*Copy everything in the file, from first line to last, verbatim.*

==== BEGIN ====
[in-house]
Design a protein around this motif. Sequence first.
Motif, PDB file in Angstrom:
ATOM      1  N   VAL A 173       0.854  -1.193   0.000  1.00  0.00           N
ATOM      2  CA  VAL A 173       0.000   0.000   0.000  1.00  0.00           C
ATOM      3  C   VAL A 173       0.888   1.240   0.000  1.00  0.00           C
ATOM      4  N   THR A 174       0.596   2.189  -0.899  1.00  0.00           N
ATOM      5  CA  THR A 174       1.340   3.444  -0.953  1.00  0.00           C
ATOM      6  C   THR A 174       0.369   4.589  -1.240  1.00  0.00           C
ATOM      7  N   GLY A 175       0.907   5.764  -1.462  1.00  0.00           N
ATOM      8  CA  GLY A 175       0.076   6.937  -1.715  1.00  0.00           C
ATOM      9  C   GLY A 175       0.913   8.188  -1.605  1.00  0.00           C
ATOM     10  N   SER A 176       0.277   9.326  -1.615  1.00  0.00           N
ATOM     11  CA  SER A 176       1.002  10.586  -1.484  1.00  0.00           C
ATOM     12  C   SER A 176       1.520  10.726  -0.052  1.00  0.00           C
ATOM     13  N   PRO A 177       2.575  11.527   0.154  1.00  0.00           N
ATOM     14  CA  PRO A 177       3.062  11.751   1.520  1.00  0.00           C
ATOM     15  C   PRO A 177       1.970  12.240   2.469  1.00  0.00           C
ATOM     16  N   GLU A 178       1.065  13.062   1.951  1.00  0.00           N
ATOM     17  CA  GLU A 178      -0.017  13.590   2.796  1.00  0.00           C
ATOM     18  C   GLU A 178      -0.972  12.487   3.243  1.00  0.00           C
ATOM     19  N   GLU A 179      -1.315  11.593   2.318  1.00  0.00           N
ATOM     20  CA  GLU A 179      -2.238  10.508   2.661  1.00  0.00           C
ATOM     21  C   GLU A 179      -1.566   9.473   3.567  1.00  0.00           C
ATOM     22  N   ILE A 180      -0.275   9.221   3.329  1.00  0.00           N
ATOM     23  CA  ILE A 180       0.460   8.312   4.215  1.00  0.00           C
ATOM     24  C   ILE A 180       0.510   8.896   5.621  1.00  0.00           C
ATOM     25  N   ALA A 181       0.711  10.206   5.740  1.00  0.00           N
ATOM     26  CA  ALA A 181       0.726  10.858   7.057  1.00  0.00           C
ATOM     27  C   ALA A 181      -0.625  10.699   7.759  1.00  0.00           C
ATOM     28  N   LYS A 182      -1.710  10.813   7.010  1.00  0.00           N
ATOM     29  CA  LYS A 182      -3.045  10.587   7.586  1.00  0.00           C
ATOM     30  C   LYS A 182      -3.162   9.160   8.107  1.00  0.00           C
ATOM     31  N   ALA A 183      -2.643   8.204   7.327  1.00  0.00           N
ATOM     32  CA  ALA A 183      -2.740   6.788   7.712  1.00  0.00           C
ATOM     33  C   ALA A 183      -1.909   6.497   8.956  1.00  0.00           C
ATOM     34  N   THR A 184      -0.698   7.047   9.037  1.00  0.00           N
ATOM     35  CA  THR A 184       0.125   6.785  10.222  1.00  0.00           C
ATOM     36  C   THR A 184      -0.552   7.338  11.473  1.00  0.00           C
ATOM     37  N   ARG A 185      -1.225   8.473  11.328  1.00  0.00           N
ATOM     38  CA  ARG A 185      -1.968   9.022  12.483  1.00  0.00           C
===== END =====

[in-house]
Design a protein around this motif. Sequence first.
Motif, PDB file in Angstrom:
ATOM      1  N   VAL A 173       0.854  -1.193   0.000  1.00  0.00           N
ATOM      2  CA  VAL A 173       0.000   0.000   0.000  1.00  0.00           C
ATOM      3  C   VAL A 173       0.888   1.240   0.000  1.00  0.00           C
ATOM      4  N   THR A 174       0.596   2.189  -0.899  1.00  0.00           N
ATOM      5  CA  THR A 174       1.340   3.444  -0.953  1.00  0.00           C
ATOM      6  C   THR A 174       0.369   4.589  -1.240  1.00  0.00           C
ATOM      7  N   GLY A 175       0.907   5.764  -1.462  1.00  0.00           N
ATOM      8  CA  GLY A 175       0.076   6.937  -1.715  1.00  0.00           C
ATOM      9  C   GLY A 175       0.913   8.188  -1.605  1.00  0.00           C
ATOM     10  N   SER A 176       0.277   9.326  -1.615  1.00  0.00           N
ATOM     11  CA  SER A 176       1.002  10.586  -1.484  1.00  0.00           C
ATOM     12  C   SER A 176       1.520  10.726  -0.052  1.00  0.00           C
ATOM     13  N   PRO A 177       2.575  11.527   0.154  1.00  0.00           N
ATOM     14  CA  PRO A 177       3.062  11.751   1.520  1.00  0.00           C
ATOM     15  C   PRO A 177       1.970  12.240   2.469  1.00  0.00           C
ATOM     16  N   GLU A 178       1.065  13.062   1.951  1.00  0.00           N
ATOM     17  CA  GLU A 178      -0.017  13.590   2.796  1.00  0.00           C
ATOM     18  C   GLU A 178      -0.972  12.487   3.243  1.00  0.00           C
ATOM     19  N   GLU A 179      -1.315  11.593   2.318  1.00  0.00           N
ATOM     20  CA  GLU A 179      -2.238  10.508   2.661  1.00  0.00           C
ATOM     21  C   GLU A 179      -1.566   9.473   3.567  1.00  0.00           C
ATOM     22  N   ILE A 180      -0.275   9.221   3.329  1.00  0.00           N
ATOM     23  CA  ILE A 180       0.460   8.312   4.215  1.00  0.00           C
ATOM     24  C   ILE A 180       0.510   8.896   5.621  1.00  0.00           C
ATOM     25  N   ALA A 181       0.711  10.206   5.740  1.00  0.00           N
ATOM     26  CA  ALA A 181       0.726  10.858   7.057  1.00  0.00           C
ATOM     27  C   ALA A 181      -0.625  10.699   7.759  1.00  0.00           C
ATOM     28  N   LYS A 182      -1.710  10.813   7.010  1.00  0.00           N
ATOM     29  CA  LYS A 182      -3.045  10.587   7.586  1.00  0.00           C
ATOM     30  C   LYS A 182      -3.162   9.160   8.107  1.00  0.00           C
ATOM     31  N   ALA A 183      -2.643   8.204   7.327  1.00  0.00           N
ATOM     32  CA  ALA A 183      -2.740   6.788   7.712  1.00  0.00           C
ATOM     33  C   ALA A 183      -1.909   6.497   8.956  1.00  0.00           C
ATOM     34  N   THR A 184      -0.698   7.047   9.037  1.00  0.00           N
ATOM     35  CA  THR A 184       0.125   6.785  10.222  1.00  0.00           C
ATOM     36  C   THR A 184      -0.552   7.338  11.473  1.00  0.00           C
ATOM     37  N   ARG A 185      -1.225   8.473  11.328  1.00  0.00           N
ATOM     38  CA  ARG A 185      -1.968   9.022  12.483  1.00  0.00           C